After the ignoble defeat of the Knights of the Round Table (see http://www.boardgamegeek.com/thread/309499) when victory was (apparently) easily assured with 8 white swords, my game group decided to venture to Camelot once again, this time with a bit of trepidation, a little less do-gooder enthusiasm, and a dose of the reality of the evil they faced.
Beforehand, King Arthur advised the knights to be true to their nature and recommended a realistic portrayal of their characters. "Knights, there is no need to be so shining, valiant, and honorable in the performance of your most worthy deeds. As noble and trustworthy knights, I know you are human after all, and are sure to fall subject to despair, loss, and defeat from time to time. I also know that one of you may be tempted to betray the crown. So be it, now off and defend Camelot! Evil awaits us and there are quests to fulfill."
All seven knights proceeded forth and quickly started subjugating the evil of the land. King Arthur focused on the wars with the Saxons and Picts while Sir Kay used his knowledge of siege warfare to devastate the encircling armies. Sir Gawain and Sir Palamedes alternated between questing for the Holy Grail and seeking the legendary artifact, Excalibur. Sir Percival spent time in Camelot and then assisted with the Grail hunt as well as various wars with the Saxons. Sir Tristan had the most sincere heart for the Grail, but was thwarted again and again in his attempts to find it as he dealt with despair so dark. Sir Galahad spent much time in Camelot and dealt with many couriers sent to and fro King Arthur.
King Arthur informed the noble Knights that Lancelot was a worthless lickspittle and that if he found anyone bestowing worthless adoration to the scraps of armor Lancelot once wore, he would behead them as a vile traitor. The rumors and whisperings of the armor soon faded from memory … to be replaced by an even darker terror, a wyrm! And it was one of astounding power, quite readily avoided by every Knight of the Round Table, King Arthur included.
Sir Palamedes once attempted to best the Black Knight, but soon became known quite humorously as “Mighty Strike” by everyone at court. After jousting failed to unseat either combatant, Sir Palamedes delivered the most terrible blow to the Black Knight, expecting to mortally wound the Despicable One with a single, mighty strike! Everyone flinched, expecting a decapitation … except for his foe, who was undaunted, and remained with his head. The Black Knight then proceeded to pummel Sir Palamedes from his horse with a series of successive strikes, 19 to be exact. Dark tidings for the Round Table indeed!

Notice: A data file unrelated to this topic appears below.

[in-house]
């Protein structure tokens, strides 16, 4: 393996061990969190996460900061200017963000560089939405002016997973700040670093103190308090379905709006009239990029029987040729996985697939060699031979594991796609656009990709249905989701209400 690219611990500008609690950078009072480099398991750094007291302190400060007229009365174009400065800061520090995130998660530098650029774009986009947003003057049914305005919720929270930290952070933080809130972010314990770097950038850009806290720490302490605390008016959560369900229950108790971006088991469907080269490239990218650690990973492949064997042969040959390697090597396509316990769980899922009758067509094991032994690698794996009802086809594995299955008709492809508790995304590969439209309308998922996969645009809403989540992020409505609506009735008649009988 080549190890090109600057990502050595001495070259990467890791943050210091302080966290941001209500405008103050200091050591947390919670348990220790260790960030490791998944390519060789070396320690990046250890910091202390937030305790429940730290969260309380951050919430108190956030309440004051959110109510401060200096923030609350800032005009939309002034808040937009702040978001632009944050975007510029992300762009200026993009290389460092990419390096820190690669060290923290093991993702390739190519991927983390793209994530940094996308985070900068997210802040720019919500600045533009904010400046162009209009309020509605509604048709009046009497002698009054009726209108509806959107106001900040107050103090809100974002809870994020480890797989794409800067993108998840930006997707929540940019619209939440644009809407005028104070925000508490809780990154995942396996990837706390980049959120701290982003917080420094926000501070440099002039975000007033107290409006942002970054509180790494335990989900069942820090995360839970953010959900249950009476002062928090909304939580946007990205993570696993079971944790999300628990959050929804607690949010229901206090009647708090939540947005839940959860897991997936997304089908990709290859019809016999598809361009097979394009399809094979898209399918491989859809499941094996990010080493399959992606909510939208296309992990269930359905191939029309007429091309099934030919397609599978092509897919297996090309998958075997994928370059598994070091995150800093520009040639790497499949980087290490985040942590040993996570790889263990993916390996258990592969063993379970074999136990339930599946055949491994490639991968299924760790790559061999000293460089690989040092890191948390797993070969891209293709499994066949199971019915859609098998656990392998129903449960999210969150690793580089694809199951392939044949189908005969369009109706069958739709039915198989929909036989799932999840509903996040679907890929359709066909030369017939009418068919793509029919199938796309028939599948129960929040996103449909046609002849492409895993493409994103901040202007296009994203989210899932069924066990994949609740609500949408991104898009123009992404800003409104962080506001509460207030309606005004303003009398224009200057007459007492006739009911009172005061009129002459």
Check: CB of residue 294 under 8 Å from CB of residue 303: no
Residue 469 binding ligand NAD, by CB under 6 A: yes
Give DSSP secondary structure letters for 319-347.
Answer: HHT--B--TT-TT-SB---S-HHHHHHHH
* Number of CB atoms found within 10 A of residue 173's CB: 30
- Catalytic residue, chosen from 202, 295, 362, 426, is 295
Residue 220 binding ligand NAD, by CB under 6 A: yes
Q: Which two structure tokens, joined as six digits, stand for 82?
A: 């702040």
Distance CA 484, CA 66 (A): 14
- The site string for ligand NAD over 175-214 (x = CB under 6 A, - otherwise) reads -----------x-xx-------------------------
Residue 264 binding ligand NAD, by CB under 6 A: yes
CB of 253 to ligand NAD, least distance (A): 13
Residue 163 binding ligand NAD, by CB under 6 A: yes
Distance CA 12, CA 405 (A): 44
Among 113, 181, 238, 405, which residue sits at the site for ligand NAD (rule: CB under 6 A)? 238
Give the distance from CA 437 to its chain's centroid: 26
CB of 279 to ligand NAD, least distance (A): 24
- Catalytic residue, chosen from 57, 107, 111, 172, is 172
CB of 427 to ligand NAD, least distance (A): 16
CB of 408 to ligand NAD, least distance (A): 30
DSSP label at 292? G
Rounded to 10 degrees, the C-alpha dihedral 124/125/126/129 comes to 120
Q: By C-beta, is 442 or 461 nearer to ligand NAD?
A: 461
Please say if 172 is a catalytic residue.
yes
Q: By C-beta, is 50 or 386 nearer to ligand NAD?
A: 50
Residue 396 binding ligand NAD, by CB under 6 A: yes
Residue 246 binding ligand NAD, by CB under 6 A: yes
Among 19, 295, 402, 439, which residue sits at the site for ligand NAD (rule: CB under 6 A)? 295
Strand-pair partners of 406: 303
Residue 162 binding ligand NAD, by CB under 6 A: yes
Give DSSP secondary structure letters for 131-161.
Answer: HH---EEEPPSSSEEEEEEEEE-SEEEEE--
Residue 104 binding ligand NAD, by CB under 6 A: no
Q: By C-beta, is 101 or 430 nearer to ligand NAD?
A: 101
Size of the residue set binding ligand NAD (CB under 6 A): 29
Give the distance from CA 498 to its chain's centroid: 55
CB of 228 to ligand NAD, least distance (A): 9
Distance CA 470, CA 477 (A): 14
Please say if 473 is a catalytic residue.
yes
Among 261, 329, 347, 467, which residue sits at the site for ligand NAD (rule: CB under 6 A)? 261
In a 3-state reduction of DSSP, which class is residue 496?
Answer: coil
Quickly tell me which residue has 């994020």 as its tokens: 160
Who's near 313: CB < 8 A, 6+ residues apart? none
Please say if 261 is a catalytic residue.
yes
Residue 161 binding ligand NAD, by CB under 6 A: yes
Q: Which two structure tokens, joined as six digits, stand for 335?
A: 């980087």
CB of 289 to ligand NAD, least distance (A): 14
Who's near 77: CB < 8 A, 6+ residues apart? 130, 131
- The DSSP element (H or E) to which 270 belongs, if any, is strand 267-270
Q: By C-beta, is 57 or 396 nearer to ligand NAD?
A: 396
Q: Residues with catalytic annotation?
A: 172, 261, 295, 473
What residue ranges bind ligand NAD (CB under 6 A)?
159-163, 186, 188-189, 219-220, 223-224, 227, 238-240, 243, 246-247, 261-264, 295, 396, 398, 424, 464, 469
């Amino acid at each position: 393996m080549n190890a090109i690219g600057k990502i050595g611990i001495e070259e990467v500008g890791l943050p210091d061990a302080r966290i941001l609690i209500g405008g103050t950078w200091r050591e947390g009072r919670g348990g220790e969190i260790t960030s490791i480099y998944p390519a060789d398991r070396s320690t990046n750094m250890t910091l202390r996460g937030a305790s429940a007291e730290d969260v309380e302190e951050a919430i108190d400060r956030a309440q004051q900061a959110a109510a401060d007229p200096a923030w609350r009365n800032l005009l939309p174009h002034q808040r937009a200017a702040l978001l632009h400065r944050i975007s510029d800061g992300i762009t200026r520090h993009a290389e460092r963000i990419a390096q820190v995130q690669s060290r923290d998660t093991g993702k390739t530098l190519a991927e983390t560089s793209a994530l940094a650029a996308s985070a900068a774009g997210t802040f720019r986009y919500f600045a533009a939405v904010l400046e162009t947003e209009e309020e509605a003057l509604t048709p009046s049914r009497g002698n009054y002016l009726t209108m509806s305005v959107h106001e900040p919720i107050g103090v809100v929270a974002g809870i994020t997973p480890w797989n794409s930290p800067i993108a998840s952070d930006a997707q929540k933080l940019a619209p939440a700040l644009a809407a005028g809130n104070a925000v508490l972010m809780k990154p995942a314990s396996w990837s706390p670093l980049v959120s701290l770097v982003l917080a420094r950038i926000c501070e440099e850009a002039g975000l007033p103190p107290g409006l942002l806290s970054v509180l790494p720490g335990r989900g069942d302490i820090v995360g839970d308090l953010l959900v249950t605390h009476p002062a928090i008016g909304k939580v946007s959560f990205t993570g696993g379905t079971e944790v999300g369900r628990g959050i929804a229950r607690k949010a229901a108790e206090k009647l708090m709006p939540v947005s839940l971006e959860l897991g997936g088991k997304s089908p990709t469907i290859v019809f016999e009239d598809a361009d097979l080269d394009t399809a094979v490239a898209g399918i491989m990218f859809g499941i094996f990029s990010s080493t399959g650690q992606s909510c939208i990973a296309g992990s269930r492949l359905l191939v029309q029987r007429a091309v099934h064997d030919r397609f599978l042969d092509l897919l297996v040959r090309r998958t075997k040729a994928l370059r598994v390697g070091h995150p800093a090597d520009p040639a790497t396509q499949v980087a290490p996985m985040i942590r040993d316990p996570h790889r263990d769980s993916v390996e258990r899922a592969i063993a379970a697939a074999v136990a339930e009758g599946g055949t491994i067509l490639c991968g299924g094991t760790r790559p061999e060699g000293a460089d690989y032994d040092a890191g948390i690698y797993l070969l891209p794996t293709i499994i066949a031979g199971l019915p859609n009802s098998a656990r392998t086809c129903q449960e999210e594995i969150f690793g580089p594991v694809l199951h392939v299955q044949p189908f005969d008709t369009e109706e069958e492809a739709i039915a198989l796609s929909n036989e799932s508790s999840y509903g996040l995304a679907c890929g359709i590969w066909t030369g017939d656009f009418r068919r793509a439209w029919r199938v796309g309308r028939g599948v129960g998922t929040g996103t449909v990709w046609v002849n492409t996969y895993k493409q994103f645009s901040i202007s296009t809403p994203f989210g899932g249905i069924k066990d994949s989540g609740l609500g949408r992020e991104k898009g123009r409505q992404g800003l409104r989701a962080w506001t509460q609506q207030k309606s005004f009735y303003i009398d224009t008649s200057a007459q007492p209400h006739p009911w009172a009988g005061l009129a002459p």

Later, King Arthur was heard berating Sir Palamedes: “What is with you, man! Next time don’t sit there after you strike such a mighty blow! Finish him off! While I agree that the swipe was the most astonishing use of your sword that I have ever seen … and that it would have easily beheaded a score of Saxons with ease, the Black Knight was surely nonplussed! And you would have known this had you not turned your back on him and started to parade about the tilting grounds! Confound you, Sir Palamedes. Next time pay attention to whom with you duel!”
A week later, Sir Palamedes bested the Black Knight and erased just a smidgen of his shame.
Endless quests within forbidden swamps failed to bring even the faintest glimmer of hope and all feared the Grail was lost for good. Catapults began accumulating as the besieging armies prepared for a final assault upon the walls of Camelot. Sir Kay, bless his soul, remained true and thwarted many dastardly raids, but then realized he might have the key to finding the Holy Grail, heeded King Arthur’s commands, and quested.
As the wars came to a close, with Camelot soon to fall, King Arthur rallied his strength, expended his might, and dared to leave his throne to aid his mighty Knights on the quest for the Holy Grail. And then the dread and doom came forth …
Sir Kay, fearing for Camelot, lost his life in a noble act of self-sacrifice on his quest for the Grail so that Camelot would not fall. King Arthur wailed at the lost but exclaimed that such a mighty deed was the truest example for them all. Meanwhile, Sir Percival, who was back at Camelot, fell sway to Lady Avain and summoned all the Knights away from the quest for the Holy Grail … a calamity of inopportunity, for the Knights were but moments from claiming the prize! So stricken with the loss of Sir Kay and the hope of holding the Holy Grail within their hands, Sirs Gawain and Palamedes succumbed and died on the return trip to Camelot, following their lost brother to the bright halls of Heaven.
As all gathered at the Round Table to mourn over the loss of three noble knights, King Arthur praised their faithfulness and sacrifices for the protection of Camelot … but uttered that, while noble and indeed heroic, all was lost! There was no more time to search for the Holy Grail and the final battle was to begin. Secretly, then, Sir Tristan dared to defy the King and seek the Grail one final time … depart from Camelot he did with the swiftness and fleetness of a dove.
And behold! The Holy Grail was found! Victory was assured!
The battle was won, and Sir Kay, Sir Gawain, and Sir Palamedes were laid to rest with many honors. As the Black Knight presented his Black Sword to the tomb of Sir Palamedes in remembrance of mighty deeds, he spoke, “A finer lot of Knights I have never known. I am humbled to have fought and lost to Sir Palamedes, he being much nobler than I. And not a traitor amidst you, all of pure perfume and of sweet scent to the monarch. I am lost and undone and forsaken … and now turn-ed from my wicked ways. Accept me, King Arthur, as one of yours, but I know I will never be as great as any of these three fallen Knights! No matter, I offer my services to Camelot from hence forth!”
“I always found you to be of better company than Lancelot …” uttered Arthur.